their bidding; at least I thought my friend could be trusted.
“Before we travelled and because everything seemed to be working according to plan, my agent told me I had to get new clothes to travel with to India, so I borrowed some money from them, to be repaid from the money they would pay me.
“Normally, the client would not pay the agent the money until the day of travelling and the agent would not pay the donor until he was sure the operation was successful.
“I never knew all these until I experienced it. My friend was the agent and that was why I did not bother asking for the money before I travelled to India.“On the day I was to travel with the family of the patient, we were lodged in a hotel in
the Ketu area of Lagos. We got to the airport around 5am and I was thinking all through the journey. I was hoping my life would be better if everything was
MIOT Hospitals in Chennai, India was the destination. Everything had worked very well in Nigeria, but that was just the first step.
Martins continued, “We got to the hospital and we were lodged there. The following day, I began another series of medical tests. The medical personnel, who attended to me there, Doctor Tashir, sat me down and asked who I was to the patient.
“I told the doctor she was my niece. He asked me if I knew the consequence of what I was about to do, and I told him there was no problem. For the next one and a half months, I underwent another series of medical tests. The doctors at the hospital trashed the ones I did in Nigeria.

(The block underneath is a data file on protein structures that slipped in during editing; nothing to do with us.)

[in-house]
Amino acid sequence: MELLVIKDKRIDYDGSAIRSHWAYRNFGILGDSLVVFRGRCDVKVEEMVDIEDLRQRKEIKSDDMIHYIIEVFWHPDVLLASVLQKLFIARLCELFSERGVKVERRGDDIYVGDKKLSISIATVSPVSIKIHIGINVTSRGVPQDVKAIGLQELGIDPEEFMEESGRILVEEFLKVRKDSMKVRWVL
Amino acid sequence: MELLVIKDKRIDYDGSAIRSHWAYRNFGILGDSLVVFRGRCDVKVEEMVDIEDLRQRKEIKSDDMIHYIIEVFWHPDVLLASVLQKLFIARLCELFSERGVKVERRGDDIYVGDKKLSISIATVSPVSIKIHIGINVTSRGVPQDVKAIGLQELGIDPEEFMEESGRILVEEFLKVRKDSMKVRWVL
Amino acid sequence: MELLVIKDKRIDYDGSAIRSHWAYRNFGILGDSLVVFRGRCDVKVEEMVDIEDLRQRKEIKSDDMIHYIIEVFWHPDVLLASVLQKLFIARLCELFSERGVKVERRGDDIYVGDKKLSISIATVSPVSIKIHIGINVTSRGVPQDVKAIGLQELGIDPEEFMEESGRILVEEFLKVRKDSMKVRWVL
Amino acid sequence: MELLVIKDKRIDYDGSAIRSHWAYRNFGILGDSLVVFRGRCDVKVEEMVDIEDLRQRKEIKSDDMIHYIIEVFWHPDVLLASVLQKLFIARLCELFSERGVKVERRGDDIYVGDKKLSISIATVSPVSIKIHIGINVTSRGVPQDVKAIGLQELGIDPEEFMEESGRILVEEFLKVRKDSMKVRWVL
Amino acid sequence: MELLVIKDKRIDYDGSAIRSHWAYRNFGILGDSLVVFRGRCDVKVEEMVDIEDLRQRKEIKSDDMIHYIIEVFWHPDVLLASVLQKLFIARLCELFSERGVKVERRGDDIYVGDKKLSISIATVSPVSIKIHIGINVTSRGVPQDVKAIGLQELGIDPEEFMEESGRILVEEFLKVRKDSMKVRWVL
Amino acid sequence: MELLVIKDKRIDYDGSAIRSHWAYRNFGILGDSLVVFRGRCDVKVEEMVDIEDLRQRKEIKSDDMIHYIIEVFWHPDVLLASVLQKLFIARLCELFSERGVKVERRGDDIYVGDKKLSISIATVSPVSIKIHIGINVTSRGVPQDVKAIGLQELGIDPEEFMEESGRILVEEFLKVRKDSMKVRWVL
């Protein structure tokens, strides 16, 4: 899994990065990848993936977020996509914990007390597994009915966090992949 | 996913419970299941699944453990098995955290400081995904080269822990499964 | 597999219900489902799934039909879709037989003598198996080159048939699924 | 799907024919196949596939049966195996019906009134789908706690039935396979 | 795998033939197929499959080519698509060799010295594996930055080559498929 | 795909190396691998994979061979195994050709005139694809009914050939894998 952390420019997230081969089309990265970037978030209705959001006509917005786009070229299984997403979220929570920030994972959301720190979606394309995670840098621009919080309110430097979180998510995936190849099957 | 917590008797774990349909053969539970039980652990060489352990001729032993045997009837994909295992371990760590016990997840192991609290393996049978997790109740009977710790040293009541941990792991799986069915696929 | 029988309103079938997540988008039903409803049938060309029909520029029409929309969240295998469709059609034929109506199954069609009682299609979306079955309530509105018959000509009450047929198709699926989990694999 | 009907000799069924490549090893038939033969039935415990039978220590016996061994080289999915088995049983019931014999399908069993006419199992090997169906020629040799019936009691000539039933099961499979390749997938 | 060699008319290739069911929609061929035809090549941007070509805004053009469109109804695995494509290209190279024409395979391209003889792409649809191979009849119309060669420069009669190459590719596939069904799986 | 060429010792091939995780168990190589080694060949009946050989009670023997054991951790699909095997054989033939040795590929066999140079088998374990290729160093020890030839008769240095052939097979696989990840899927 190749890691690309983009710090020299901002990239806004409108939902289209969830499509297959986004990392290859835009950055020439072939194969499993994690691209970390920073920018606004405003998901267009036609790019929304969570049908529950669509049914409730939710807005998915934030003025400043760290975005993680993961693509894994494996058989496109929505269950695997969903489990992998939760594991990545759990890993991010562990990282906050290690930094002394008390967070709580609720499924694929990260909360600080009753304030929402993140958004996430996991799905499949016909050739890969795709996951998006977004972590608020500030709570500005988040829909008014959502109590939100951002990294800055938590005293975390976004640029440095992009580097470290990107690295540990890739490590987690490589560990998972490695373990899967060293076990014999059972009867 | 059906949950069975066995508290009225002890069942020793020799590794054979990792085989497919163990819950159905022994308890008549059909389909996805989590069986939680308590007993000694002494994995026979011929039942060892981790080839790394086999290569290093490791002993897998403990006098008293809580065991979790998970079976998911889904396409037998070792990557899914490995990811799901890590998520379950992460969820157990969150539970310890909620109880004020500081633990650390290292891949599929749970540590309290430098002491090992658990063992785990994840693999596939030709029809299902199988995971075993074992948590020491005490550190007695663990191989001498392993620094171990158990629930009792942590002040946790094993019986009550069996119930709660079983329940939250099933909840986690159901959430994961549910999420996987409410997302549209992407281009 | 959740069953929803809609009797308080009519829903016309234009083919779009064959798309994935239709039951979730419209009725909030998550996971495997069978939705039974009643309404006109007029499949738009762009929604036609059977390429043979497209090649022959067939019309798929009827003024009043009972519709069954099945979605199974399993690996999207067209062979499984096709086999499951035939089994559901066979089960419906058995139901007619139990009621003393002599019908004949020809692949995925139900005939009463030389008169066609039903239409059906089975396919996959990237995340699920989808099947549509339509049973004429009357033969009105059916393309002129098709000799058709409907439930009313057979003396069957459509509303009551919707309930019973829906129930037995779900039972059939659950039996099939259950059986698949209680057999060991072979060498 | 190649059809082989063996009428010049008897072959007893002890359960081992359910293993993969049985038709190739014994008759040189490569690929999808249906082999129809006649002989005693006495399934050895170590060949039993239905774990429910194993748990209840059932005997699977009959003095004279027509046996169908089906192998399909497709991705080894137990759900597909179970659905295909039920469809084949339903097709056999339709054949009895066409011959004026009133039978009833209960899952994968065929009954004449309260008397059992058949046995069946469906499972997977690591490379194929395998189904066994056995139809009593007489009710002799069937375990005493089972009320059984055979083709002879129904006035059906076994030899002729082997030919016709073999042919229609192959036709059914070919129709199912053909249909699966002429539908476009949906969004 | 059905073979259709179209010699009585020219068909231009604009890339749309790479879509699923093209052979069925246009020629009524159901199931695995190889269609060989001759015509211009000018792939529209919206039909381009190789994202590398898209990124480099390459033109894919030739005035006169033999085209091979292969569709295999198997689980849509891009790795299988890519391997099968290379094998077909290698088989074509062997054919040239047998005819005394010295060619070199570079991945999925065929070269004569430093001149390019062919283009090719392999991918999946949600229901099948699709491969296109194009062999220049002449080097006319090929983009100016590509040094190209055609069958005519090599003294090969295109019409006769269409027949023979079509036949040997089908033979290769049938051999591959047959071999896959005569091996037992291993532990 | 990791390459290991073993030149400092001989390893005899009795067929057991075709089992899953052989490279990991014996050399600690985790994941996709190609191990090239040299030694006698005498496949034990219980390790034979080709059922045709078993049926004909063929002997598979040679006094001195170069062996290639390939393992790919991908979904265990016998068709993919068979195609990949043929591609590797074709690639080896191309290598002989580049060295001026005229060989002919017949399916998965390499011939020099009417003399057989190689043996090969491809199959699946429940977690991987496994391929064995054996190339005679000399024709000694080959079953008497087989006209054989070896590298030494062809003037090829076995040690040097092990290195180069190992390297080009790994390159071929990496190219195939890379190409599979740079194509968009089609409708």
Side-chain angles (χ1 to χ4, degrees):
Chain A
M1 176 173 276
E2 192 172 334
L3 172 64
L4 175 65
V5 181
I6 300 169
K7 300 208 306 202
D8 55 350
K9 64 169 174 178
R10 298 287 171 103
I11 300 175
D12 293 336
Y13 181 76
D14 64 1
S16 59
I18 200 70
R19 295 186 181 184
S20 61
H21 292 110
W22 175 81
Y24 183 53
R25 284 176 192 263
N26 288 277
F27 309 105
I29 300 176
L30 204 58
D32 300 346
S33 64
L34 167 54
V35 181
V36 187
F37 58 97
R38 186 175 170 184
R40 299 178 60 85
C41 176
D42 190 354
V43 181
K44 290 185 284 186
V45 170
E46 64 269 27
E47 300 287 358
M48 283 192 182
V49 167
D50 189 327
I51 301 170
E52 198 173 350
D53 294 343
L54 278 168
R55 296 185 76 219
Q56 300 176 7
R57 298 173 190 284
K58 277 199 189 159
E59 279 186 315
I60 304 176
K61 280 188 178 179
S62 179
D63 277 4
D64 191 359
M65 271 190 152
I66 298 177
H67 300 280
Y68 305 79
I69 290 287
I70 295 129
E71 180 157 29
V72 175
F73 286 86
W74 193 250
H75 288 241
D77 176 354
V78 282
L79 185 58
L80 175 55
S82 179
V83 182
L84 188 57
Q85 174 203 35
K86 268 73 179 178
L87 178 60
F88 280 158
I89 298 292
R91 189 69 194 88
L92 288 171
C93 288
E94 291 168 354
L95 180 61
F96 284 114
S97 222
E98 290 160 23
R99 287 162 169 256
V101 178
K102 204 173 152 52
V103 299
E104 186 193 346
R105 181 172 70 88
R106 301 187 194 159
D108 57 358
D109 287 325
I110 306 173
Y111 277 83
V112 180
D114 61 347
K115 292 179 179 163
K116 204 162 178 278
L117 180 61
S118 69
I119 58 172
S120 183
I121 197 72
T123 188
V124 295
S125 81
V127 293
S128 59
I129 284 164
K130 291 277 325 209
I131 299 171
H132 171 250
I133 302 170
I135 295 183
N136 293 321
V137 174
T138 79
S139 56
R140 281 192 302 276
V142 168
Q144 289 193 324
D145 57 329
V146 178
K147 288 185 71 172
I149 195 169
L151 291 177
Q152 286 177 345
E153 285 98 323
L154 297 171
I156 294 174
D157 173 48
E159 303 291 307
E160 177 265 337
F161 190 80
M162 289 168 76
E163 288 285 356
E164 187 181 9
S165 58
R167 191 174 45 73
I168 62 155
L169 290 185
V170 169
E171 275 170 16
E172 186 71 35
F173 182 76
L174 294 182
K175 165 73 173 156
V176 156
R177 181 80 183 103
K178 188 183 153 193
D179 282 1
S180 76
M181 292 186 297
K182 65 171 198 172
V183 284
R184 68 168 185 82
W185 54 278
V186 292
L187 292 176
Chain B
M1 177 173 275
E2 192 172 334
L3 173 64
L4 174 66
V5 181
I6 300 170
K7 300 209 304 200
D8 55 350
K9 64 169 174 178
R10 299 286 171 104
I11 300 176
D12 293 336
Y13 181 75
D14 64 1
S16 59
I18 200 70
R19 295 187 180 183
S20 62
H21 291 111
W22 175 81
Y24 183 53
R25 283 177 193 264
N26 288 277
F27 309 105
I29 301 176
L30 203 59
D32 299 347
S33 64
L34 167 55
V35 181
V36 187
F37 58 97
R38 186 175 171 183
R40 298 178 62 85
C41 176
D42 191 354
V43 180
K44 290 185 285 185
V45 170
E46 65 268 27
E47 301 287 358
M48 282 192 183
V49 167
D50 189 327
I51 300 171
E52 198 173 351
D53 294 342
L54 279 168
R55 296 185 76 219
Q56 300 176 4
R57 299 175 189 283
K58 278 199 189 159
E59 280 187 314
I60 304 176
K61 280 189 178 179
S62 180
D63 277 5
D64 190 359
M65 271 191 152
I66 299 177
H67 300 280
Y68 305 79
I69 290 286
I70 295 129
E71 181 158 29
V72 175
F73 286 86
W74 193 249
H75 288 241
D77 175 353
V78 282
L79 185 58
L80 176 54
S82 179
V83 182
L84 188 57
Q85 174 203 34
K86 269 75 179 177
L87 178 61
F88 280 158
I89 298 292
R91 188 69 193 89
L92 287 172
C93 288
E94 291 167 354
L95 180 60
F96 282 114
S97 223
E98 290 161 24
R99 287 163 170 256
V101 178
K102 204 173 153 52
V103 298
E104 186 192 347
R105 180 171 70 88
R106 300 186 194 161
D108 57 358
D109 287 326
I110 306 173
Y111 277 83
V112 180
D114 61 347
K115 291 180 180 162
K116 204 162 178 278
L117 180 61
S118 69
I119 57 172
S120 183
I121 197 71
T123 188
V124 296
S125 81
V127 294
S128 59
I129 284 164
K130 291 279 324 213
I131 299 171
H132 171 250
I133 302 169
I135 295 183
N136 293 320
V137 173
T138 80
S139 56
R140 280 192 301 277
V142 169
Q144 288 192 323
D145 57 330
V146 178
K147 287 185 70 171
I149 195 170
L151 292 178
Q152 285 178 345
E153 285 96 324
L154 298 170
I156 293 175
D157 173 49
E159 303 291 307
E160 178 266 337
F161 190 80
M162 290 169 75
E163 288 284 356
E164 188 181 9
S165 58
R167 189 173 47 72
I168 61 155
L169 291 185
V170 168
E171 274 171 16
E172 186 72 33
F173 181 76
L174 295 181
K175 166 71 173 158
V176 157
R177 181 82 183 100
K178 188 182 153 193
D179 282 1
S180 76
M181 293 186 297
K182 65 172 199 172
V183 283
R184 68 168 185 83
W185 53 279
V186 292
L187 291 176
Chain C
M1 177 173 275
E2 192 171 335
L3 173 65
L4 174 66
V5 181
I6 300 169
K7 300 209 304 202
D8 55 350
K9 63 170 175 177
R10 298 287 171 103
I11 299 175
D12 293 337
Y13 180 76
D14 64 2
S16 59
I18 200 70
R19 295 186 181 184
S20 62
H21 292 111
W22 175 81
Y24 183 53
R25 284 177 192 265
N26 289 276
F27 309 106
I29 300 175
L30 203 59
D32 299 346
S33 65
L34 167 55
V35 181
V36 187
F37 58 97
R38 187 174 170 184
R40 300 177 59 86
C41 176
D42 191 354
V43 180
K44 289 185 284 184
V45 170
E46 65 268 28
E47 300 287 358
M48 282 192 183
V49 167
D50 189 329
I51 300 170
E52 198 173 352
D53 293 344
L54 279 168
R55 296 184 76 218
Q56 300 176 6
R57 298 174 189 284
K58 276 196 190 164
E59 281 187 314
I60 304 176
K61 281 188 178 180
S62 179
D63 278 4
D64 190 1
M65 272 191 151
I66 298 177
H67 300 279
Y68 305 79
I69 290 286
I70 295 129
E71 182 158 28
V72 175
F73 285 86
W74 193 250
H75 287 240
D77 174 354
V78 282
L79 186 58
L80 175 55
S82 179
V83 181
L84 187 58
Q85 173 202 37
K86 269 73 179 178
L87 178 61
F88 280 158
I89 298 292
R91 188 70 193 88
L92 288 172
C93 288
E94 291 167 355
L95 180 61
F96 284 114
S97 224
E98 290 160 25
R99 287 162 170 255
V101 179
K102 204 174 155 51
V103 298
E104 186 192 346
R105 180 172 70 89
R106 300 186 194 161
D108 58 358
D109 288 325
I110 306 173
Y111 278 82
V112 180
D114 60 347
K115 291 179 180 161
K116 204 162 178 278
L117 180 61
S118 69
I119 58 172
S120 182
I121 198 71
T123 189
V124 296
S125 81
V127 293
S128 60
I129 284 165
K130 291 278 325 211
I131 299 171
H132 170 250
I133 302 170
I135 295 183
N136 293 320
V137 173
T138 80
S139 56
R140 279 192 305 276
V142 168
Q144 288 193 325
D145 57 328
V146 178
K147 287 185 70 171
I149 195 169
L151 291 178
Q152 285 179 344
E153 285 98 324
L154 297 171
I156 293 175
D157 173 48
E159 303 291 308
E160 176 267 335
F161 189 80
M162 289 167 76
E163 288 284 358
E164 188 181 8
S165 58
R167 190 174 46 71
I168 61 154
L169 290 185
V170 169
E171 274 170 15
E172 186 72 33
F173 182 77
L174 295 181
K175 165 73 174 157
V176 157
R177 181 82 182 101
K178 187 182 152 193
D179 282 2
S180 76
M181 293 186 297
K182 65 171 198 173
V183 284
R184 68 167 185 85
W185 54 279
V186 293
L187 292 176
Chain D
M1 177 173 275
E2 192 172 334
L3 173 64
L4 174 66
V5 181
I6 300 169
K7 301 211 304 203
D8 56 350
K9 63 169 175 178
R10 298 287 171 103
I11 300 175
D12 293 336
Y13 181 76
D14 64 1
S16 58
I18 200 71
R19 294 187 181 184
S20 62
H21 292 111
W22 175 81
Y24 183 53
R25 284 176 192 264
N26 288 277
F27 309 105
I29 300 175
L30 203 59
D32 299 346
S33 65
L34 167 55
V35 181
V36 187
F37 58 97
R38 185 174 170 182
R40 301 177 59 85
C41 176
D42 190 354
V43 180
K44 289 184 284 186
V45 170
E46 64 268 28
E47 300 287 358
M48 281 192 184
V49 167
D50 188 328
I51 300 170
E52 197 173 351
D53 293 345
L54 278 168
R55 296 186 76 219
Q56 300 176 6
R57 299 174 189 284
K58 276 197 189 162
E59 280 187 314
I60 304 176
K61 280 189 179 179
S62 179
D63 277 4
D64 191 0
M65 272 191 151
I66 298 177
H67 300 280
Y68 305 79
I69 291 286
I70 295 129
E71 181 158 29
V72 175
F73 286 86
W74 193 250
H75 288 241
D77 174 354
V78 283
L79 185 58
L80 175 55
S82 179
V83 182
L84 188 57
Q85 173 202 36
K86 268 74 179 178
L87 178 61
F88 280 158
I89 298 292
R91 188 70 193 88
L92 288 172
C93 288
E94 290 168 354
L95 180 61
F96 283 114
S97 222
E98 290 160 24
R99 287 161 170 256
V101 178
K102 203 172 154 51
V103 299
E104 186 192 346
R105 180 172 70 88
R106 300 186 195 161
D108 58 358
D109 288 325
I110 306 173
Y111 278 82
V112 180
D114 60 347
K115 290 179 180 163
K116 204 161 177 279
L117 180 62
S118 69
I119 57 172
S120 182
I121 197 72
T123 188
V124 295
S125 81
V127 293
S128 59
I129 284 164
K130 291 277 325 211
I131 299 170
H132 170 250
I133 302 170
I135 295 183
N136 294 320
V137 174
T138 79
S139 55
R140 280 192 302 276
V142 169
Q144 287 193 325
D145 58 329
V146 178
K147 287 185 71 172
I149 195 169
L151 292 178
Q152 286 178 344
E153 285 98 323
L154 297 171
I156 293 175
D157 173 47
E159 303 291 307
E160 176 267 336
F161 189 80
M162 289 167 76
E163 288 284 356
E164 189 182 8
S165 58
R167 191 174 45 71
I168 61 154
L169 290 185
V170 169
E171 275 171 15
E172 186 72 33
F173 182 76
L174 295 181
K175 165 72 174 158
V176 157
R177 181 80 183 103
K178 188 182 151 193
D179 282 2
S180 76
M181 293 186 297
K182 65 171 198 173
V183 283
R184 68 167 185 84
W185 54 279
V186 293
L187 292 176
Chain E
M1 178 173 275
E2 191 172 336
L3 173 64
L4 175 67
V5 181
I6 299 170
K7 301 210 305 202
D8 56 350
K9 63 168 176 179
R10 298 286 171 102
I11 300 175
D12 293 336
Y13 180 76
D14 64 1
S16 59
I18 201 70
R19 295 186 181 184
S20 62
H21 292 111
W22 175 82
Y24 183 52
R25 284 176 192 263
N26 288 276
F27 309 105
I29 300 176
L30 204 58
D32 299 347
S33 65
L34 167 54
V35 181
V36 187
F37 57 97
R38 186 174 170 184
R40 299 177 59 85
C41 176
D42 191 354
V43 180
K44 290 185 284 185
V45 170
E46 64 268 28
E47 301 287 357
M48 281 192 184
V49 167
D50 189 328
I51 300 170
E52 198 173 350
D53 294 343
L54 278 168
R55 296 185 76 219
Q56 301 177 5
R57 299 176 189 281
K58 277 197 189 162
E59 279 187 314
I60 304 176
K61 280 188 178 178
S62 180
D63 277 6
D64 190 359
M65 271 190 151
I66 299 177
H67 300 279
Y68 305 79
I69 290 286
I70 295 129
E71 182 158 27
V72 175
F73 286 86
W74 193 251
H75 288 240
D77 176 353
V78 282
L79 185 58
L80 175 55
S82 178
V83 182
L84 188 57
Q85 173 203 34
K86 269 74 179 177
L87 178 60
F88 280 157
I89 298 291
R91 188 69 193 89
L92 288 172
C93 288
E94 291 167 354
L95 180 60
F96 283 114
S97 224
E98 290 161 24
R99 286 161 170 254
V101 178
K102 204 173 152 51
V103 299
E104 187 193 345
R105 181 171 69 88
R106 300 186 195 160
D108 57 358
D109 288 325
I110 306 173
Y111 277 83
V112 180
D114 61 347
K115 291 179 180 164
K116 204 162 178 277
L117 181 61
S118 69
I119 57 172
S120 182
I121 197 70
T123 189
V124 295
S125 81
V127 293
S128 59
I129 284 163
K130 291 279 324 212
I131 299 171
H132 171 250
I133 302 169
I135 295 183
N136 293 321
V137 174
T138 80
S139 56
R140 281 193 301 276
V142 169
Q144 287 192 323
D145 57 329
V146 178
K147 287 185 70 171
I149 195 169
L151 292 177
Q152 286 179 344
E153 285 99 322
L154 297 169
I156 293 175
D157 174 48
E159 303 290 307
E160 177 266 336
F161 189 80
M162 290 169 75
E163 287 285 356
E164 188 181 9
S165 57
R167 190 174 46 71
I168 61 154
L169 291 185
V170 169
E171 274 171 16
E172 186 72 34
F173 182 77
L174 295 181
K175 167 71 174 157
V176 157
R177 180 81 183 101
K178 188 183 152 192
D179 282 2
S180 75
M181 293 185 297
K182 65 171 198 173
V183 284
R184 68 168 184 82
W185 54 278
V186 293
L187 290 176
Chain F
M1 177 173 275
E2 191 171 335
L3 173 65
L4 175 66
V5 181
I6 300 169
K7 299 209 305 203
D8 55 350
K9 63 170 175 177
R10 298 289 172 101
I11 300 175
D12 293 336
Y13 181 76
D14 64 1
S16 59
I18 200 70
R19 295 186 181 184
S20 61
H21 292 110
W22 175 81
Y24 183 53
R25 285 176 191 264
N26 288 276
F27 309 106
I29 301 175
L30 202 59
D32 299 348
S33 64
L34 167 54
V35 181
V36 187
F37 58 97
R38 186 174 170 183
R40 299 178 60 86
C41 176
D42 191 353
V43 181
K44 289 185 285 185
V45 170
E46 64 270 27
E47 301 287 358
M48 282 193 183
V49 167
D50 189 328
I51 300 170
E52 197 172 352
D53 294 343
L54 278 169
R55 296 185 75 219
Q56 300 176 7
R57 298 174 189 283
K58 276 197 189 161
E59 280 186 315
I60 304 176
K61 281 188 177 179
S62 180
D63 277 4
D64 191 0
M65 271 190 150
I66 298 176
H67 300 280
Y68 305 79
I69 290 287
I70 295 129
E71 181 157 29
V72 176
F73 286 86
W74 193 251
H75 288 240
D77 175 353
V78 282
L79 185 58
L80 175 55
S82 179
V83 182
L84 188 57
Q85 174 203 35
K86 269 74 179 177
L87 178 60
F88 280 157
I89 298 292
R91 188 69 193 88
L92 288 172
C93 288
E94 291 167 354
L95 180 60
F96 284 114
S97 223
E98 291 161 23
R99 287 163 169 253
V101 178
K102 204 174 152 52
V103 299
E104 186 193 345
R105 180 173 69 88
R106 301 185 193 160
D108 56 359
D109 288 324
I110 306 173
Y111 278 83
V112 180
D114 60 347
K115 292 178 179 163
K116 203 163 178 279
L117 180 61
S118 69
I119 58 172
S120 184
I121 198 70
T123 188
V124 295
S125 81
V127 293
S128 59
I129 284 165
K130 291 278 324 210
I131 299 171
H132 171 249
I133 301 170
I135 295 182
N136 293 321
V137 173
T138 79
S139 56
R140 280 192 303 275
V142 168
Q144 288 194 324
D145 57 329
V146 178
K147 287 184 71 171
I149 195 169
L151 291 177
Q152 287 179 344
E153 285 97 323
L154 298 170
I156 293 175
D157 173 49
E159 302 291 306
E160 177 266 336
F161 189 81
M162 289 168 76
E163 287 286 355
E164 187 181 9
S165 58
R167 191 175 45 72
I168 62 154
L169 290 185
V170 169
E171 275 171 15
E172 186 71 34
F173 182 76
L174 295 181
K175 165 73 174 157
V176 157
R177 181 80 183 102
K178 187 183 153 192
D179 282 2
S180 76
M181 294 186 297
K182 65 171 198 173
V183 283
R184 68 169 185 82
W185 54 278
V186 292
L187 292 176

“While in the hospital, I was just not comfortable with the way things were going. I wanted to be sure if the money I was expecting to do this would really come, so I decided to call my friend who arranged the whole thing how much I was going to be paid.“But before I called my friend, I called the client to find out how much he paid my friend. He (the client) was in Nigeria; it was only the lady, her mother, and me who were in India. He told me he had paid them on the day we travelled to India, and that was where the trouble began.I called the agent (my friend) and asked him why he did not tell me the client had paid him.My friend (the agent) had even seized my phone to act as a collateral in case I failed to come back to the country after the operation. When I heard he had been paid, I had to remind him that it was my life I was playing with, and he assured he would pay me once I returned to the country.The last stage after the medical tests was that I was taken to their local council to face a panel. They asked me again if I was ready for the operation that would last for 27 hours, and to know if I was ready for death in case it came. To all these I said yes“Unfortunately, the patient’s mother started treating me unfairly. She believed I had been paid. At a point, I had to tell my friend that I would not do it again if I was not paid. I even told him to go and give the money to my mother, though she did not know anything about it. But he kept assuring me the money was safe.”